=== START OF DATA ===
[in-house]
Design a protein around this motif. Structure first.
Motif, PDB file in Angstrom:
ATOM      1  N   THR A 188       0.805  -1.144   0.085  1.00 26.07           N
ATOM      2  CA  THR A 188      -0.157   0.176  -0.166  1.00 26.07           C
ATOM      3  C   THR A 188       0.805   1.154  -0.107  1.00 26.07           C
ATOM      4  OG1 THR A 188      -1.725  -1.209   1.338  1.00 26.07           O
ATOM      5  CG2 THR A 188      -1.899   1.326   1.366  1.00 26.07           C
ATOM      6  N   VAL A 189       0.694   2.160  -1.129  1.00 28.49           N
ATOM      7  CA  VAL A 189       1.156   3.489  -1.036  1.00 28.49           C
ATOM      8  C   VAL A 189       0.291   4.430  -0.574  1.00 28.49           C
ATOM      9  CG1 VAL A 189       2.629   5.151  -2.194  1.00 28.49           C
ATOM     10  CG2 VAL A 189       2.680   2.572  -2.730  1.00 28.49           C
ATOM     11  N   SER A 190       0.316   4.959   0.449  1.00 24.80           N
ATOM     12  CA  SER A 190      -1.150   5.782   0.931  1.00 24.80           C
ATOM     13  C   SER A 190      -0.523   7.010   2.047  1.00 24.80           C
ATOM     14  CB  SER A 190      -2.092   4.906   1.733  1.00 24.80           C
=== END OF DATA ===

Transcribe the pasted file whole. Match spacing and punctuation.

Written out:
[in-house]
Design a protein around this motif. Structure first.
Motif, PDB file in Angstrom:
ATOM      1  N   THR A 188       0.805  -1.144   0.085  1.00 26.07           N
ATOM      2  CA  THR A 188      -0.157   0.176  -0.166  1.00 26.07           C
ATOM      3  C   THR A 188       0.805   1.154  -0.107  1.00 26.07           C
ATOM      4  OG1 THR A 188      -1.725  -1.209   1.338  1.00 26.07           O
ATOM      5  CG2 THR A 188      -1.899   1.326   1.366  1.00 26.07           C
ATOM      6  N   VAL A 189       0.694   2.160  -1.129  1.00 28.49           N
ATOM      7  CA  VAL A 189       1.156   3.489  -1.036  1.00 28.49           C
ATOM      8  C   VAL A 189       0.291   4.430  -0.574  1.00 28.49           C
ATOM      9  CG1 VAL A 189       2.629   5.151  -2.194  1.00 28.49           C
ATOM     10  CG2 VAL A 189       2.680   2.572  -2.730  1.00 28.49           C
ATOM     11  N   SER A 190       0.316   4.959   0.449  1.00 24.80           N
ATOM     12  CA  SER A 190      -1.150   5.782   0.931  1.00 24.80           C
ATOM     13  C   SER A 190      -0.523   7.010   2.047  1.00 24.80           C
ATOM     14  CB  SER A 190      -2.092   4.906   1.733  1.00 24.80           C